The Building Tradesman Newspaper

Friday, April 13, 2012

Unions fight GOP law ending dues deduction

By The Building Tradesman

LANSING – A group of unions filed a lawsuit in federal court on April 4, seeking to overturn one of the most blatant anti-union laws adopted so far by the Republican state Legislature.

The law is based on Michigan House Bill 4929, which prohibits the collection of union dues by a public school employer. Gov. Rick Snyder signed the bill into law on March 15, after it was adopted along party lines by majority Republicans in both the state House and Senate.

“The day this bill passed the Legislature, we wrote to Gov. Snyder outlining the constitutional problems with this unfair law,” said American Federation of Teachers-Michigan President David Hecker. “By signing this bill, he clearly ignored the fact that there is no rational reason for this to be law. The House Fiscal Agency says this won’t save money – in fact, it may cost some districts money to enact the change.”

The lawsuit challenging the law was filed in Michigan’s Eastern District federal court by The Michigan Education Association (MEA), American Federation of Teachers (AFT) Michigan, AFSCME Council 25 and SEIU Local 517M. 

The lawsuit asserts that the law violates the First and 14th Amendments of the U.S. Constitution, discriminating against school employees as retribution for political speech and treating school employees differently than other classifications of workers without reason.

Rep. Joe Haveman (R-Holland) sponsored HB 4929. He told the MIRS News Service:  “I believe it's the right thing to do. These are taxpayer funds and they have to be used in the best way possible.”

While state Republicans said the law is a money-saver for taxpayers, the House Fiscal Agency’s analysis of the bill said it “would have no significant fiscal impact on school districts. Individual school districts would likely only see a minimal savings from this change. The process for payroll deductions for union dues and service fees is largely automated, so there is very little work school districts must go through on a regular basis.

“Moreover, some collective bargaining agreements provide that the union is to reimburse (at least in part) the school district for administering a payroll deduction. There could be some initial work, if the bill were enacted, to process that change, but any ongoing savings would be minimal.”

Union leaders involved in the lawsuit said it’s no coincidence that the law moved with unusual speed through the Legislature. The bill was originally introduced last fall, but was dormant until it was reintroduced March 7 – the day after union members in Michigan announced a petition drive that would prevent and overturn a number of anti-labor laws in Michigan.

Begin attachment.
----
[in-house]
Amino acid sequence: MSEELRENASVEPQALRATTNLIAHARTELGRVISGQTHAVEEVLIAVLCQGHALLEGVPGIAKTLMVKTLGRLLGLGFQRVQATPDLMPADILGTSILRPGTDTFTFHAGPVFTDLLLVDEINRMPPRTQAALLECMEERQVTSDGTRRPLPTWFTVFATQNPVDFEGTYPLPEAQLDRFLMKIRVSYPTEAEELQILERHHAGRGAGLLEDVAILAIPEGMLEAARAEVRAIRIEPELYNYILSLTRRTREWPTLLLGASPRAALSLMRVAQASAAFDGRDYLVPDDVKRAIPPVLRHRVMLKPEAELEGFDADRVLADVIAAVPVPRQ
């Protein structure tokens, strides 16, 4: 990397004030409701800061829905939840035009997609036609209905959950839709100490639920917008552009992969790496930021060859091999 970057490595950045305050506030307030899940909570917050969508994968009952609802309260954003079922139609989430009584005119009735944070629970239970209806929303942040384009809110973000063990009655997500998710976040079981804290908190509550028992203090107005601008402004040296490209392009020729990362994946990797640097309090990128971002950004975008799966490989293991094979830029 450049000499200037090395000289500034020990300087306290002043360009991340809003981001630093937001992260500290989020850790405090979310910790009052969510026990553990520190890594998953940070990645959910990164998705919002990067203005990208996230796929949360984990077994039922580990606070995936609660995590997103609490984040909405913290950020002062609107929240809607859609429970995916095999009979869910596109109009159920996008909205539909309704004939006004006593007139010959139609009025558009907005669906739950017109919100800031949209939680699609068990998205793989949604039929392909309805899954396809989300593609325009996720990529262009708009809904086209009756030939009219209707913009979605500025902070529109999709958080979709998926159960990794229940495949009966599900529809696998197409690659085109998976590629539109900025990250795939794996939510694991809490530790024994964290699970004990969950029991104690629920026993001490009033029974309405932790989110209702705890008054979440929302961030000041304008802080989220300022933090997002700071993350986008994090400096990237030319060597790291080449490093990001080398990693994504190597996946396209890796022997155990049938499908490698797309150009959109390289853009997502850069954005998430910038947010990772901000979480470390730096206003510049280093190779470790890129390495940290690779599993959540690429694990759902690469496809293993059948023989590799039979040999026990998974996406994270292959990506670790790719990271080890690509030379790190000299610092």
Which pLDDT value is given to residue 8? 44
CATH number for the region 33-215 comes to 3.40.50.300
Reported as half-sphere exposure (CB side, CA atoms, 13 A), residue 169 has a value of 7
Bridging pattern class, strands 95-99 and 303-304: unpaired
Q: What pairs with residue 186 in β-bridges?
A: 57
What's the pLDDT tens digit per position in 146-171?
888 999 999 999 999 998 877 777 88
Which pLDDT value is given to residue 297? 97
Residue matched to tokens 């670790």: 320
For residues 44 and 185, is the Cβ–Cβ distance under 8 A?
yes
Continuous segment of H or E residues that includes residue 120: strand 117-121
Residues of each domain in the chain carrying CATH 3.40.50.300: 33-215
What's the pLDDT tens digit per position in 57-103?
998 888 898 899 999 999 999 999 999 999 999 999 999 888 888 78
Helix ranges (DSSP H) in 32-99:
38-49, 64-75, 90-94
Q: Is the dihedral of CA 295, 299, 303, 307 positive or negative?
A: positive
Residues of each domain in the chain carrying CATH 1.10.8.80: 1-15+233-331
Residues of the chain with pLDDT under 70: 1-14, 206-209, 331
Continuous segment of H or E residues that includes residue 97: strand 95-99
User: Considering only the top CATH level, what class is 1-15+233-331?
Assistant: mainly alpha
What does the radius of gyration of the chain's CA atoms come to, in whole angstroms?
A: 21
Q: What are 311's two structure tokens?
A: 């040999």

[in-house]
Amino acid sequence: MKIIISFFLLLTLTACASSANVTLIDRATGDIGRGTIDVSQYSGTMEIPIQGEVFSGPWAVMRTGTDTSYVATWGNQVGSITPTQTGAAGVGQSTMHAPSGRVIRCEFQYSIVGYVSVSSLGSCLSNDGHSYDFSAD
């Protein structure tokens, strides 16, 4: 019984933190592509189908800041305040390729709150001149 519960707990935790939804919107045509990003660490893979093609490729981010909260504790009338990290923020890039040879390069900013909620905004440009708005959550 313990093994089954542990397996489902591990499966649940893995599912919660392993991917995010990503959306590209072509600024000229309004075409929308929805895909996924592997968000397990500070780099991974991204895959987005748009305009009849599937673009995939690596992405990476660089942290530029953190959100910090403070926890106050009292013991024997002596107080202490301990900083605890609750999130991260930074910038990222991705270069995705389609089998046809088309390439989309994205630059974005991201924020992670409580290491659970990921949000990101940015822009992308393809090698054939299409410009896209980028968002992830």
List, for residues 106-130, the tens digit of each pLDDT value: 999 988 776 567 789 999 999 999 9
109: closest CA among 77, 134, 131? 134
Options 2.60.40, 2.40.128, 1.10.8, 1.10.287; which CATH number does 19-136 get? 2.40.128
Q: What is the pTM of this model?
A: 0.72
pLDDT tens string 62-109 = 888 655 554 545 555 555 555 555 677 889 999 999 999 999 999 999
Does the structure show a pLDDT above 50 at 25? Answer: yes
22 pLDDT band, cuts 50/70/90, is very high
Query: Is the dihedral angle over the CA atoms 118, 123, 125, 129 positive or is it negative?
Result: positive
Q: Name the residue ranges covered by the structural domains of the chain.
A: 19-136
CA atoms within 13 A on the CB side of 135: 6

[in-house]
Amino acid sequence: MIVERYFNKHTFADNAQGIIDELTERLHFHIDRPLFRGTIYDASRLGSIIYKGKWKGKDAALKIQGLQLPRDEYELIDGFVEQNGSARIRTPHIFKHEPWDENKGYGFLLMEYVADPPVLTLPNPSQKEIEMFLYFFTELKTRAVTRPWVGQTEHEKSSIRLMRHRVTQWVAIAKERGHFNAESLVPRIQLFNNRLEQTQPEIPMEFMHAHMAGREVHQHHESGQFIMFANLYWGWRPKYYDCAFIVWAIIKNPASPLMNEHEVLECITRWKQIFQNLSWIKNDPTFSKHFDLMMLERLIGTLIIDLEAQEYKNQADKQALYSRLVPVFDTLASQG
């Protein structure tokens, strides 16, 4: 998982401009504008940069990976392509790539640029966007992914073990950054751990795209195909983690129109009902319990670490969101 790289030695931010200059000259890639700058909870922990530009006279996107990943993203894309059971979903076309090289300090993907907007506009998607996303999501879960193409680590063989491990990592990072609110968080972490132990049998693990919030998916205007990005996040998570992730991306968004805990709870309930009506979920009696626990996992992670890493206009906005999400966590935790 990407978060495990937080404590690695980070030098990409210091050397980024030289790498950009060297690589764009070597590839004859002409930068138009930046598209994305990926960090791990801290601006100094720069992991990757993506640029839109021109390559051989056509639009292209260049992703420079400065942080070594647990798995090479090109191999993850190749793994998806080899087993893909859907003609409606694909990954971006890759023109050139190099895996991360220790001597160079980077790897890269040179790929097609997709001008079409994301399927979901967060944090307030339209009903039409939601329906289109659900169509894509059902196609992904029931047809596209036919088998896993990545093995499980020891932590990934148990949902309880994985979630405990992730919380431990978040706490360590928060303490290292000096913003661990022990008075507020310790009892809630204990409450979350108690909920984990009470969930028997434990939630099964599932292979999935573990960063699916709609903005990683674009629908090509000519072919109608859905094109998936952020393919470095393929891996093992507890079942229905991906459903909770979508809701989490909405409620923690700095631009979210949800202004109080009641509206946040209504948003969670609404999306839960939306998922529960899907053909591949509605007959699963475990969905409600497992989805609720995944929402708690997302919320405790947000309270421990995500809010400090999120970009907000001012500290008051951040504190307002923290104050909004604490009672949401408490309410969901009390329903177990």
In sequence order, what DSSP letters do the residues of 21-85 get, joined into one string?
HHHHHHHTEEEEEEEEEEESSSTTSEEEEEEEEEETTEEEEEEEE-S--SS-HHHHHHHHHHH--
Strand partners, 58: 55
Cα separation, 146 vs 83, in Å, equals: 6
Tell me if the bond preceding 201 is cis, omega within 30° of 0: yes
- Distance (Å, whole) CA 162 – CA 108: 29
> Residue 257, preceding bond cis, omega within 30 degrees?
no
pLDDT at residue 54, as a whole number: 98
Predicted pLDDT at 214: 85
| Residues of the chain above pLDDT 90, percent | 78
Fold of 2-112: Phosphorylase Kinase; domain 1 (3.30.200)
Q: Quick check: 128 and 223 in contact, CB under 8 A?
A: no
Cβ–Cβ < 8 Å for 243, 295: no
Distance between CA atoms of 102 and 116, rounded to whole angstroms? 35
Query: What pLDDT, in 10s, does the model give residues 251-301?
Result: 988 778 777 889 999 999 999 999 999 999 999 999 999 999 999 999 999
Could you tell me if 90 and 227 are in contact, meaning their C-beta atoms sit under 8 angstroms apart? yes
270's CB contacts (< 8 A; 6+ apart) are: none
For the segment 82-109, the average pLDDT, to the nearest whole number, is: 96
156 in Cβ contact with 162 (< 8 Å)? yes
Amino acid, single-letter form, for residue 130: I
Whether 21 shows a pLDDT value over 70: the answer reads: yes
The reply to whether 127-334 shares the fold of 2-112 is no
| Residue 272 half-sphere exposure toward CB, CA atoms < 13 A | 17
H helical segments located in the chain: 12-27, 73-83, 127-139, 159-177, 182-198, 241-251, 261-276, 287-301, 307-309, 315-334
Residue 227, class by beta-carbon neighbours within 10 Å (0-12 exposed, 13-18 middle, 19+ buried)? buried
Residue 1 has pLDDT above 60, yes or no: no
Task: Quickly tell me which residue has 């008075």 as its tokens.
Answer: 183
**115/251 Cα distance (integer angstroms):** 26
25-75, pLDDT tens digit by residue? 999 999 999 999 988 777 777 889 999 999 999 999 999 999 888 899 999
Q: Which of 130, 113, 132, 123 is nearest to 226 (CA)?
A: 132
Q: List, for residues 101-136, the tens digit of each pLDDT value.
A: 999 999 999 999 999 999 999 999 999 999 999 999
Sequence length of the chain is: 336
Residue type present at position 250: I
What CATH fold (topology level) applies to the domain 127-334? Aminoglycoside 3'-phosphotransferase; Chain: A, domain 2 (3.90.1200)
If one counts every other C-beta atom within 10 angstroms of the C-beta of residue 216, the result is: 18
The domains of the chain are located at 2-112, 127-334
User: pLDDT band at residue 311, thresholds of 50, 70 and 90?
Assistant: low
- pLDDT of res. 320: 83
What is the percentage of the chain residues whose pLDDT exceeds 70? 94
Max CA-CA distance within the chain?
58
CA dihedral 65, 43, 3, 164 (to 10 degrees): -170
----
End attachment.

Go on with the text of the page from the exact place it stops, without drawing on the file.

“This bill sat for months in the Senate,” said MEA President Steven Cook. “It’s no coincidence that it passed within 24 hours of the launch of a worker coalition to amend our state constitution to protect collective bargaining rights. That just doesn’t pass the smell test. It is blatant retaliation against one group of workers who insist on standing up, making their voices heard and fighting back against the attacks on collective bargaining, public education and the middle class.”

Haveman told MIRS that he rejected the unions’ allegations that the bill unfairly targeted unions or was in retaliation for the petition drive. “Frankly, we don't do things that way,” he said. “If it were up to me we would have this across-the-board for all public employees. We just had to start somewhere.”

The new Michigan law might not pass the judicial smell test, either. At the behest of Michigan House Democrats, who filed a lawsuit in Ingham County Circuit Court, a judge on April 2 stripped immediate effect from HB 4929 and two other bills because of procedural problems stemming from the speed with which they were moved through the legislative process.

More importantly, on March 30, a federal judge in Wisconsin ruled that the state could not enforce a ban on dues deduction that was part of Republican Gov. Scott Walker’s controversial “budget repair bill.” The constitutional grounds for that decision are similar to those brought forward in this lawsuit.

“Last year’s attacks on public workers in Wisconsin were the worst kind of partisan political power grabs and we’re thrilled for the workers in that state who’ve been vindicated through our federal justice system,” said Phil Thompson, executive vice president of SEIU Local 517M. “We’re proud to be taking Michigan’s version of those attacks to federal court in our state, where we are confident that truth and justice will win over politics and retribution.”